Casino mogul Steve Wynn accused of sexual misconduct: Report

VIDEO: REUTERS
Steve Wynn, chairman and chief executive officer of Wynn Resorts Ltd., at a news conference following the company's annual general meeting in Macau, China, on June 5, 2012.
Steve Wynn, chairman and chief executive officer of Wynn Resorts Ltd., at a news conference following the company's annual general meeting in Macau, China, on June 5, 2012. PHOTO: BLOOMBERG

NEW YORK (AFP) - Dozens of people have accused Las Vegas casino billionaire Steve Wynn of decades of sexual misconduct in which he allegedly pressured staff to perform sex acts, The Wall Street Journal reported Friday (Jan 26).

The bombshell report, for which the Journal contacted more than 150 people who work or had worked for Wynn, is the first time that the US sexual harassment watershed has centered on the CEO and founder of a major publicly held company - whose shares tumbled 7.8 per cent following the report's publication.

Wynn, who is a former business rival turned political ally of President Donald Trump, denied the allegations and accused his ex-wife Elaine of instigating the accusations as part of a "terrible and nasty lawsuit" seeking a revised divorce settlement.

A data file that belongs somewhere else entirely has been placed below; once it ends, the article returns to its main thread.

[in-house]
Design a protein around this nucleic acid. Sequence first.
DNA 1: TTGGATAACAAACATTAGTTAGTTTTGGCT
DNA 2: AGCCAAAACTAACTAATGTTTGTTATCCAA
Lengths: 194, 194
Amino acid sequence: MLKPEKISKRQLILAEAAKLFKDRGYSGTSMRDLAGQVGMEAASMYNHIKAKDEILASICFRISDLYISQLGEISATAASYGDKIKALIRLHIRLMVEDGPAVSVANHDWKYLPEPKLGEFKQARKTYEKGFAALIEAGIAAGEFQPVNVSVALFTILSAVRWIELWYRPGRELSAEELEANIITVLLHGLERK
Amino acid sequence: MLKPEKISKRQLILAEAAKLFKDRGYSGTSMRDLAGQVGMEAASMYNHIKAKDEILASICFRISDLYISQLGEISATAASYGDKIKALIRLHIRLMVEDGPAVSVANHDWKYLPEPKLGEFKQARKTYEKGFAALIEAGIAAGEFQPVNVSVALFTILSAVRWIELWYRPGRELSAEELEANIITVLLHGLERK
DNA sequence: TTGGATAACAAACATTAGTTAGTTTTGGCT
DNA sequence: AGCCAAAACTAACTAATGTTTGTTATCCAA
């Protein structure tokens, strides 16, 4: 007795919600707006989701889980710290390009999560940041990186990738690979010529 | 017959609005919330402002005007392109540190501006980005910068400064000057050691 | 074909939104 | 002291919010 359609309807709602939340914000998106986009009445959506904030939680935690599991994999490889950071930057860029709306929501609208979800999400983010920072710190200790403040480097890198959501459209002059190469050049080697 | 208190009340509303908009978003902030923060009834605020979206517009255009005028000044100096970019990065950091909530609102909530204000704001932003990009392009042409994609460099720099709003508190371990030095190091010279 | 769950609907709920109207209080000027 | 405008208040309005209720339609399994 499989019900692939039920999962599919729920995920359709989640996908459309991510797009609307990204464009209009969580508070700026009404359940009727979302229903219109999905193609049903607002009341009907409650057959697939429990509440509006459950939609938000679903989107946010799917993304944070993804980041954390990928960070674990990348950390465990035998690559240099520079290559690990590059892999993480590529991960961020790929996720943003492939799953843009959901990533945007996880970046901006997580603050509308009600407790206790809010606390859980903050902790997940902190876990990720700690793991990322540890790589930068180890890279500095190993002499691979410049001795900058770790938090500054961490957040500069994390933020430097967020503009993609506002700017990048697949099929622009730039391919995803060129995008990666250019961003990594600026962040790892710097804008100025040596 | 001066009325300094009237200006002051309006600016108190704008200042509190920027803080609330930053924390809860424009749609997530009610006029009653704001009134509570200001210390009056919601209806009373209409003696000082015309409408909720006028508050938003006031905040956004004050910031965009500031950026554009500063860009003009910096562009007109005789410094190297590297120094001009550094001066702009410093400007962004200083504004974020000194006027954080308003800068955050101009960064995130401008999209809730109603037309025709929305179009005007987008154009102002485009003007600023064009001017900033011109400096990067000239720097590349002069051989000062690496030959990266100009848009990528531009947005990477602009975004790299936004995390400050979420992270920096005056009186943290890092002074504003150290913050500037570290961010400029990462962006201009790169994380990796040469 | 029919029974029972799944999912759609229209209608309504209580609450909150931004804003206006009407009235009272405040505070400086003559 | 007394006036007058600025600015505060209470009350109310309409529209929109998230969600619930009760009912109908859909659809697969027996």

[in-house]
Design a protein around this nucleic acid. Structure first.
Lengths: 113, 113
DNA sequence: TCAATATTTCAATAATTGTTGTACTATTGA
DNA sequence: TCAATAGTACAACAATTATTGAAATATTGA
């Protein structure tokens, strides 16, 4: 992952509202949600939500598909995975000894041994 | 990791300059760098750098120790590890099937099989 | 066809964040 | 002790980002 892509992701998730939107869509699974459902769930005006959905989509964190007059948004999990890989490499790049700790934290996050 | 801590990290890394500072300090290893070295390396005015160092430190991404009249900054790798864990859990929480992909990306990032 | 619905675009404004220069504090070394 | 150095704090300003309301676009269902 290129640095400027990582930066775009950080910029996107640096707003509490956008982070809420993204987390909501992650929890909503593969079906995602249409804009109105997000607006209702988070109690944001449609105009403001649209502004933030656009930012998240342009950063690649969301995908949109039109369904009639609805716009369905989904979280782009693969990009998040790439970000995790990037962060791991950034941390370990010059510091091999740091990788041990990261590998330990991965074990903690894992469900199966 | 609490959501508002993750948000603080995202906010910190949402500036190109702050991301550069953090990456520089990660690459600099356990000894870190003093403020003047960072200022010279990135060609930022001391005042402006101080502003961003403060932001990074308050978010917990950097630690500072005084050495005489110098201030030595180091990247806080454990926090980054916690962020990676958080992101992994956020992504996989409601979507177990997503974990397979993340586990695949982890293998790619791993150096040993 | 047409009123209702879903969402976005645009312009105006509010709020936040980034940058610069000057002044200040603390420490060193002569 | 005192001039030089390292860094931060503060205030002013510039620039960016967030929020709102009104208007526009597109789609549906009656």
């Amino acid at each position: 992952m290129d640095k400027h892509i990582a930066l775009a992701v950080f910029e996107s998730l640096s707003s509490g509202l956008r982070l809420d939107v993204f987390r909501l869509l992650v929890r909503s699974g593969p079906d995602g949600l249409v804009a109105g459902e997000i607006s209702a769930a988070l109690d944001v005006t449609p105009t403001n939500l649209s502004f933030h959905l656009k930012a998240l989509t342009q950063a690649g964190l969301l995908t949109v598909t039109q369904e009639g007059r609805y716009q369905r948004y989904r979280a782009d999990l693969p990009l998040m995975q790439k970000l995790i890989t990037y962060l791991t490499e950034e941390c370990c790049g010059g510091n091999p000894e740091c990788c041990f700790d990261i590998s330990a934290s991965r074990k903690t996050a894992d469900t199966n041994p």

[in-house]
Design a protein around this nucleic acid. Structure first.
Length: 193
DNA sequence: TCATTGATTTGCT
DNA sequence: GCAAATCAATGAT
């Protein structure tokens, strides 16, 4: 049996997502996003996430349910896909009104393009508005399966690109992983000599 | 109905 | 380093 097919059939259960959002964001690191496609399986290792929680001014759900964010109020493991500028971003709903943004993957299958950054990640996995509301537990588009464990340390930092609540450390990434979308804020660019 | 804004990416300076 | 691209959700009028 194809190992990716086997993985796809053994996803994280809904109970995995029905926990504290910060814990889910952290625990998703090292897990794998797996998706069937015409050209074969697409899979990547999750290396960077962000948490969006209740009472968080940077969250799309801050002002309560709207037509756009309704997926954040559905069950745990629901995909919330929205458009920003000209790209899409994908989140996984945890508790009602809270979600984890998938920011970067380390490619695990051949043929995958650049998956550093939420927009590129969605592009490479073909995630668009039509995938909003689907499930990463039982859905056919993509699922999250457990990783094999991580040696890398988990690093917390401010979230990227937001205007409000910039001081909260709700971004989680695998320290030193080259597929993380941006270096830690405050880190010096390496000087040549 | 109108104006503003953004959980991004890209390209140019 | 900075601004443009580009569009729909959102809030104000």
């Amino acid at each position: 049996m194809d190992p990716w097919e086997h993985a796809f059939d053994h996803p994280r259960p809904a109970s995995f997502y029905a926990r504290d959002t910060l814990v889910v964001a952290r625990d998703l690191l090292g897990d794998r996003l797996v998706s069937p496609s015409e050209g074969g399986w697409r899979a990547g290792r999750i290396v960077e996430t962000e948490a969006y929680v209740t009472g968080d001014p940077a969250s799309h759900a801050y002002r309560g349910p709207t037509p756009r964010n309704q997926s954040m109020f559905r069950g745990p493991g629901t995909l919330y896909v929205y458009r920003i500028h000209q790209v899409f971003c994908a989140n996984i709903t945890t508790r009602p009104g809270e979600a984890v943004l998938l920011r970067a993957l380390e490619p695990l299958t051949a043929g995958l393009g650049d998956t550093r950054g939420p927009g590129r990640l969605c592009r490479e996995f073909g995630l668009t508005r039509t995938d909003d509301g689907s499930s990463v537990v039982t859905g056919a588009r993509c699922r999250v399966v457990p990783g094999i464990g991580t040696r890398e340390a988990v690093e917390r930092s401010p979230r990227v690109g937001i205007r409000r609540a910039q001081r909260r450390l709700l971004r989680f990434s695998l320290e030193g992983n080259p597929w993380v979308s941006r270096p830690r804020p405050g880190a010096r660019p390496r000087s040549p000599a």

The allegations include a married manicurist who said Wynn forced her to have sex not long after he opened his flagship Wynn Las Vegas in 2005, and whom he later paid a US$7.5 million (S$9.8 million) settlement, the newspaper reported.

"The idea that I ever assaulted any woman is preposterous," said Wynn in a statement.

"We find ourselves in a world where people can make allegations, regardless of the truth, and a person is left with the choice of weathering insulting publicity or engaging in multi-year lawsuits."

Wynn, 75, is a towering figure in the gambling world and finance chairman of the Republican National Committee. His empire includes casinos in Macau.

Former employees said their awareness of Wynn's power, combined with the knowledge that they had some of the best-paying jobs in Las Vegas added up to a feeling of dependence and intimidation when he made requests, the Journal reported.

One former massage therapist said he instructed her to manually stimulate his genitalia during sessions, and that she felt she had to agree because he was her boss.

Another former worker said Wynn rubbed his genitals and commented about what he would like to do with her sexually, and once grabbed her waist and told her to kiss him.

Wynn Resorts, which employs 23,000 people around the world, also lashed out at Elaine Wynn and said not one complaint had been made about Wynn on a company hotline.

"The company requires all employees to receive annual anti-harassment training and offers an independent hotline that any employee can use anonymously, without fear of retaliation," it said.